March 22, 2017 -- Women worldwide who take birth control pills should be reassured, doctors say, by a new study that shows they are not putting themselves at a higher risk of cancer. In fact, the pill may protect against some cancers.
The findings are the latest to emerge from the Oral Contraception Study, which was established in 1968 by the U.K.-based Royal College of General Practitioners (RCGP) to investigate the long-term effects of birth control pills.
At the start of the University of Aberdeen study, the pill was still a relatively new type of contraception, having first been introduced in the US in 1960.
Concerns were expressed early on about whether the pill could cause cancer. These concerns led generations of women to question the possible risks to their health from choosing this method of birth control.
A number of studies have examined a potential link between the pill and different types of cancer. The results collectively suggested that women who are or have been recently on the pill have a higher risk of breast and cervical cancer. On the other hand, they seem to have a lower risk of uterine and ovarian cancers.
These studies suggested the effects lasted for many years after women stopped taking the pill. They also suggested current users gained protection from colorectal cancer, although it wasn’t clear whether this protection lasted after women stopped using the pill.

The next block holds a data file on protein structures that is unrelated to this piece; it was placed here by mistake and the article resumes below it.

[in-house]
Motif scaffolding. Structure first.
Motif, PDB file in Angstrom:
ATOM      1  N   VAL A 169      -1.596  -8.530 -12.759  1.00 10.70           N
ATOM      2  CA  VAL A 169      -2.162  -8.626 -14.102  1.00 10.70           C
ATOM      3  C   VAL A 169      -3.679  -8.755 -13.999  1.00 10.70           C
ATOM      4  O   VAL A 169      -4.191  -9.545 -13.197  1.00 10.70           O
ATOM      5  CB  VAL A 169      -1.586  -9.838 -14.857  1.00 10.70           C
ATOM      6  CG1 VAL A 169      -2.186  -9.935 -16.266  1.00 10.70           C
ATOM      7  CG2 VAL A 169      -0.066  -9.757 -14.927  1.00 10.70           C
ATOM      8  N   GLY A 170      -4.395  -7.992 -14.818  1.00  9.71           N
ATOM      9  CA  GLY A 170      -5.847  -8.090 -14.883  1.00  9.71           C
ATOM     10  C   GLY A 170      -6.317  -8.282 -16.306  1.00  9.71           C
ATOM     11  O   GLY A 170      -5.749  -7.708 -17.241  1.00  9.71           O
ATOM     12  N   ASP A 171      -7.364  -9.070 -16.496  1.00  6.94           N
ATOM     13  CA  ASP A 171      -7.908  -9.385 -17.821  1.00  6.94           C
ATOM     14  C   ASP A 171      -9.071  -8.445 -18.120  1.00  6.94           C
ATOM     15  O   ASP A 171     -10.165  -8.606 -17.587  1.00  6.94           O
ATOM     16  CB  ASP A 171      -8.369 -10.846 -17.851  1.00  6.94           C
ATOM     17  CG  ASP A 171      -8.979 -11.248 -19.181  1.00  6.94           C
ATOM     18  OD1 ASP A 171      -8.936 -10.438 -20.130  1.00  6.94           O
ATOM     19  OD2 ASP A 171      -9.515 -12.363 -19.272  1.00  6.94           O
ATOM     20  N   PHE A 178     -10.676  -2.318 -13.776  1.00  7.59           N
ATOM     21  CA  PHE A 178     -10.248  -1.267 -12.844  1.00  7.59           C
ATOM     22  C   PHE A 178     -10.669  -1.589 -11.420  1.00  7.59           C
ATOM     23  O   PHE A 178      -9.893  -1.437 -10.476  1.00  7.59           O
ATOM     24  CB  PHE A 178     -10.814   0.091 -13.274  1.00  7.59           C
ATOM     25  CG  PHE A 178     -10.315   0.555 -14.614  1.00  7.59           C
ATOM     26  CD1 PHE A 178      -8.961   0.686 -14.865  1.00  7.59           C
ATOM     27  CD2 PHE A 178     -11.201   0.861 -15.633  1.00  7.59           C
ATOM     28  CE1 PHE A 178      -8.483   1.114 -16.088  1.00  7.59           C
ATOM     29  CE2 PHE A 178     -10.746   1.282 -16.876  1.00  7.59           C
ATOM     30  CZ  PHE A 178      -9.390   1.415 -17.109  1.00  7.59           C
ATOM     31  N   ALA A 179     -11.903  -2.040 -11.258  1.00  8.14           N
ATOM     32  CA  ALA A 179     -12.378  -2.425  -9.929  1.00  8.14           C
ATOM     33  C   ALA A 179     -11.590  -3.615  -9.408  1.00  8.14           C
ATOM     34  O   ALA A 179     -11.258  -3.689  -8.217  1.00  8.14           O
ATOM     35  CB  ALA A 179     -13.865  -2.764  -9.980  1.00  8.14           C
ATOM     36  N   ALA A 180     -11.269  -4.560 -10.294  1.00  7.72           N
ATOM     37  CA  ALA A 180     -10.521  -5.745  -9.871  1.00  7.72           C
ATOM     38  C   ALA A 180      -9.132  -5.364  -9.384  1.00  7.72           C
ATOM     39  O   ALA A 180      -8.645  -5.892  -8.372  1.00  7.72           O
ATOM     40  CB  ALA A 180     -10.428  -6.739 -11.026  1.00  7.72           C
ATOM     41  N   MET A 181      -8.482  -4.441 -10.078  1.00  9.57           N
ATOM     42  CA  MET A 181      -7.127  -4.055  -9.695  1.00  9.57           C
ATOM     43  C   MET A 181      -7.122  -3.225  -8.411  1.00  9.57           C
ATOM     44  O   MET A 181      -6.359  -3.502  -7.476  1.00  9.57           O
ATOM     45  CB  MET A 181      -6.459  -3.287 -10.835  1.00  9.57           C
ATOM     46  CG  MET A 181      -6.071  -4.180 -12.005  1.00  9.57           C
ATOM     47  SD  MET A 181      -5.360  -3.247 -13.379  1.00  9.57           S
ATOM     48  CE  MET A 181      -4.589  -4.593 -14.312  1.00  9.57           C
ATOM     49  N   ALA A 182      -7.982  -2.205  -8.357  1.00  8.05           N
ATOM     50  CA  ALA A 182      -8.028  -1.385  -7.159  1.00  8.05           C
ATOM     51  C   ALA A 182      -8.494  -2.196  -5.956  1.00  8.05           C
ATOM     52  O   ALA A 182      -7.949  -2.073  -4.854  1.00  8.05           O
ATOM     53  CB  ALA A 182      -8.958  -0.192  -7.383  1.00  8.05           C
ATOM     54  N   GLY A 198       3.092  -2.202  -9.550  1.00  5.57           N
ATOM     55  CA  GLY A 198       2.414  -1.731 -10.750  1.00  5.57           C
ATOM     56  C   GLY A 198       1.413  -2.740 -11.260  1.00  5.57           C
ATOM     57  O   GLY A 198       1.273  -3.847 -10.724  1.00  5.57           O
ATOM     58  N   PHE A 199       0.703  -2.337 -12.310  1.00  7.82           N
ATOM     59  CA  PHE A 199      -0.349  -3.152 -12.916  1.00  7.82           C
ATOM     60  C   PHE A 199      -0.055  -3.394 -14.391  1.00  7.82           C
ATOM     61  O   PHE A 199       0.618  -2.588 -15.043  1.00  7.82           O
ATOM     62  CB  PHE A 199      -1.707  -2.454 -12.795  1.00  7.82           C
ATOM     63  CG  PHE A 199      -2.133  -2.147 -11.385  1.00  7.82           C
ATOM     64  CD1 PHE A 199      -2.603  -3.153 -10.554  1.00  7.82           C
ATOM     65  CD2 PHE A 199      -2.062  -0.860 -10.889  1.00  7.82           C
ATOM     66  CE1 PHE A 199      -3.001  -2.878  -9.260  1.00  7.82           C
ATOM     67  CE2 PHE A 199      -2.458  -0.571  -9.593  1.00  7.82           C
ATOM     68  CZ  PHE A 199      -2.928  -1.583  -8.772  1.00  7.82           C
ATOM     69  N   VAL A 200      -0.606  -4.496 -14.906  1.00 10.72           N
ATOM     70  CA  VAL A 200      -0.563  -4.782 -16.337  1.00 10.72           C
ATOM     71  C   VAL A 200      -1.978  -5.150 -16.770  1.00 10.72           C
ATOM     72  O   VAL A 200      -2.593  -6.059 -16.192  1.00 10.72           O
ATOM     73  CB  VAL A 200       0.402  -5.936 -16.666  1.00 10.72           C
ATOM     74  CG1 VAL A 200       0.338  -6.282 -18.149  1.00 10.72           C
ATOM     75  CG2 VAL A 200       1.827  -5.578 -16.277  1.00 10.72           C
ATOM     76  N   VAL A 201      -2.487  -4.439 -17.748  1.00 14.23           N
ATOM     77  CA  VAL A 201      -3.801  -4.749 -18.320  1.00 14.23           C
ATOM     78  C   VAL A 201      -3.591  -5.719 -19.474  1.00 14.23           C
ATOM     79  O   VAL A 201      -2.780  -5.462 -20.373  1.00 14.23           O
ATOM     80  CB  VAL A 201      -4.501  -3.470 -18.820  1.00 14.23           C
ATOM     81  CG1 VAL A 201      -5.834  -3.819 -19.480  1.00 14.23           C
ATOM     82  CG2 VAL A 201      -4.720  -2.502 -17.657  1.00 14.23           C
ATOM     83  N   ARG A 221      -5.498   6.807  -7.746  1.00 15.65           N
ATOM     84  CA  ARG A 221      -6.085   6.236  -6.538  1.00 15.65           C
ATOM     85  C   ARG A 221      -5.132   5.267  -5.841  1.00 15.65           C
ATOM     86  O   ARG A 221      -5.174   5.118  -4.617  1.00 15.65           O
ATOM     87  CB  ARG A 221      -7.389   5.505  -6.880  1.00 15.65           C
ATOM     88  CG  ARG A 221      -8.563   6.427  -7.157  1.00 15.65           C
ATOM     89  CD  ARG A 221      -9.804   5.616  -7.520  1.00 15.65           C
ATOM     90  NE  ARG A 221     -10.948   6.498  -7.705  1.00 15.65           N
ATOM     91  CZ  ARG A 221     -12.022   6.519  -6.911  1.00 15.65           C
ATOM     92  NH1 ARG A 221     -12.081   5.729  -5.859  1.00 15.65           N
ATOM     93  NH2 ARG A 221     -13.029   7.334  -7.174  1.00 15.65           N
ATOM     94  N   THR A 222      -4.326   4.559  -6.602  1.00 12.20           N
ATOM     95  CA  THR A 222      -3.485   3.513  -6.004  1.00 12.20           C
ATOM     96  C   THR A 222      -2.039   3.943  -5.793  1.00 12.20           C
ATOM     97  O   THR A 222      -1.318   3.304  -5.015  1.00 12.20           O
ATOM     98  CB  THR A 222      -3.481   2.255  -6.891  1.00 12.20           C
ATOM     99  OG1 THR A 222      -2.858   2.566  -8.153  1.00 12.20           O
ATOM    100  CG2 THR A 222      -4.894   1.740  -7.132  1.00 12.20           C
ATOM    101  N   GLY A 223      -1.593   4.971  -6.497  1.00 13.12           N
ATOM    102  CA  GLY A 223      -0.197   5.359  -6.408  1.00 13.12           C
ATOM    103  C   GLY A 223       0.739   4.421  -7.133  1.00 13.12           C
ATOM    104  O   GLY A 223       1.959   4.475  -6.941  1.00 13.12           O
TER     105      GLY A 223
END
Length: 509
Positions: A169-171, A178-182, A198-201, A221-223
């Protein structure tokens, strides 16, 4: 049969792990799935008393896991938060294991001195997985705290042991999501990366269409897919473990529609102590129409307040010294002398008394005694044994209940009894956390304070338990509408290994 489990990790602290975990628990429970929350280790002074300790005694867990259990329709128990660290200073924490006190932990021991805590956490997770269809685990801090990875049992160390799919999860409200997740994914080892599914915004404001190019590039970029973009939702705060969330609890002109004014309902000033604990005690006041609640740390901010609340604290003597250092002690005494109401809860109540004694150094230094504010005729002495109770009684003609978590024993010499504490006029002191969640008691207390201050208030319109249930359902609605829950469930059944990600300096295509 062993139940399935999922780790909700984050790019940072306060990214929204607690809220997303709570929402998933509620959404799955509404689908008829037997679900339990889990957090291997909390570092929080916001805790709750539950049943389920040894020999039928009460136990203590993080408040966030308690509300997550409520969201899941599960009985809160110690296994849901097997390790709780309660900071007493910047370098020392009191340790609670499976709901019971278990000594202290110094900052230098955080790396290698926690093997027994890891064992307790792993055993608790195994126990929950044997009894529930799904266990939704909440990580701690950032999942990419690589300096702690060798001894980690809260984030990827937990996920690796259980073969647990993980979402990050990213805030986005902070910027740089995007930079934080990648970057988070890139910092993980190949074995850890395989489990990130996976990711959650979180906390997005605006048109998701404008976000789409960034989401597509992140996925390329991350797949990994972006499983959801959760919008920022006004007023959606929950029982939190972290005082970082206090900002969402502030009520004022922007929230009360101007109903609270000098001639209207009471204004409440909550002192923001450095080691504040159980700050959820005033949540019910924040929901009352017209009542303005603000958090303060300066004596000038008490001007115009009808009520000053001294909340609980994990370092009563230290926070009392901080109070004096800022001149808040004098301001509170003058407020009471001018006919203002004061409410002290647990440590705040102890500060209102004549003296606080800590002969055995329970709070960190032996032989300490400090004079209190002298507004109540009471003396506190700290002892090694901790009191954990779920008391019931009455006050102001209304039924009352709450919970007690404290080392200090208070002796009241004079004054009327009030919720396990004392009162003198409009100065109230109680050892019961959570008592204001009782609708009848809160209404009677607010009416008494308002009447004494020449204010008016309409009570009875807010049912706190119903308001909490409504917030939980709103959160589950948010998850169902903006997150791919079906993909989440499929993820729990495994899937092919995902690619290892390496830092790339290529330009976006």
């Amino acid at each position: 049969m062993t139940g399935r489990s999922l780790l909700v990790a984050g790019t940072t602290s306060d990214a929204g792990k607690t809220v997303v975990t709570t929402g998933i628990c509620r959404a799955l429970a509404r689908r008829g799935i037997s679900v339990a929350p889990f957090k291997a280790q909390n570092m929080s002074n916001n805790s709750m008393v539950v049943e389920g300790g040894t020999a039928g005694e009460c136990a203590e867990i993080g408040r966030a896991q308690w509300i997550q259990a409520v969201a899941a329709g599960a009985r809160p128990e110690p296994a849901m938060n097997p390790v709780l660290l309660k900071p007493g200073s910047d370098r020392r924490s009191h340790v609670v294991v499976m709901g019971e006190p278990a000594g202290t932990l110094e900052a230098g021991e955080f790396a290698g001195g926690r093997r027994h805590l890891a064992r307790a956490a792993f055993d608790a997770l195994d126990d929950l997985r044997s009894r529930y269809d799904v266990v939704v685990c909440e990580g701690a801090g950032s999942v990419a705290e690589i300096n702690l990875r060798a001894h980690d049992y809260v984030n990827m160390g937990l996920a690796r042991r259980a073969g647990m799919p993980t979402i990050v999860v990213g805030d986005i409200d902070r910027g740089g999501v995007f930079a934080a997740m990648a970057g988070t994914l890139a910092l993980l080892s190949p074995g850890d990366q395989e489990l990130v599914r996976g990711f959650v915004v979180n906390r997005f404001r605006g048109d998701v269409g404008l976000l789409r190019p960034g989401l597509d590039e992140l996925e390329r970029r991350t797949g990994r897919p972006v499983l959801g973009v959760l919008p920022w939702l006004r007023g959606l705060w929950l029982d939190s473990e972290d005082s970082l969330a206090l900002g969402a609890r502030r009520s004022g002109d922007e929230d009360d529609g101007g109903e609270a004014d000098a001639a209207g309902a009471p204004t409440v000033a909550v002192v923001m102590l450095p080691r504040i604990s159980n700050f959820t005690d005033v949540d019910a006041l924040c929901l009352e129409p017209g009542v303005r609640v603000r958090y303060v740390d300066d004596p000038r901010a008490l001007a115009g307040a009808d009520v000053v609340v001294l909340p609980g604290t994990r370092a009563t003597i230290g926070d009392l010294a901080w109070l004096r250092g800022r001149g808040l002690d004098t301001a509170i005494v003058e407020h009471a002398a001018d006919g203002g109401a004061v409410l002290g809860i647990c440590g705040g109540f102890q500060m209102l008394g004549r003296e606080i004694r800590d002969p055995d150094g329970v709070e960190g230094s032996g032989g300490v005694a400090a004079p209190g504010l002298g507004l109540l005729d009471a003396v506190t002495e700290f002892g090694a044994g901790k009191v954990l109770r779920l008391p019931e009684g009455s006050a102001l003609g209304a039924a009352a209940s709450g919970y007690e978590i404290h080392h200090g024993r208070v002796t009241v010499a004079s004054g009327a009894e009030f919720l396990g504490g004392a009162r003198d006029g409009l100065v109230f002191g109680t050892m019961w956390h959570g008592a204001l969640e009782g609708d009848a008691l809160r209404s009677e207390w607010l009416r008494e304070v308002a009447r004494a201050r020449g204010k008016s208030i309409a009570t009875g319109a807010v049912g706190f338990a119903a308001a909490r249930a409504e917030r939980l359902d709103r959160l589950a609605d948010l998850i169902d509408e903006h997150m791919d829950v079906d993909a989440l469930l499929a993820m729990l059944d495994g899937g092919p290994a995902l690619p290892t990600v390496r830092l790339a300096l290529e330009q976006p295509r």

For the U.K. study, 46,022 women were recruited and their health followed for up to 44 years. This makes it the world's longest-running study into the effects of the pill.
An analysis of the data, published in the American Journal of Obstetrics & Gynecology, found that taking the pill led to:
- A 19% lower risk of colorectal cancer
- A 34% lower risk of uterine cancer
- A 33% lower risk of ovarian cancer
Also, these protective effects have been shown to last for at least 30 years after taking the pill.
The study found current and recent users of the pill had a 4% increased risk of breast and cervical cancer, but that “appeared to be lost within approximately 5 years of stopping oral contraception” and did not go back up over time.
The researchers also examined the risk of all types of cancer in women who have taken the pill. This showed that using the pill during reproductive years does not produce new cancer risks for women later in life, when cancers become more common in the population as a whole.
"Millions of women worldwide who use the combined oral contraceptive pill should be reassured by this comprehensive research that they are not at increased risk of cancer as a result -- and that taking the pill might actually decrease their risk of certain cancers," RGCP chair Professor Helen Stokes Lampard says in a statement.
However, she adds: "This is not to advocate that women should be given the pill as a preventative measure against cancer, as we know that a minority of women do have adverse health effects as a result of taking the pill. Ultimately decisions to prescribe the pill need to be made on a patient by patient basis, but this research will be useful to inform the conversations we have with our patients when discussing various contraceptive options that are available."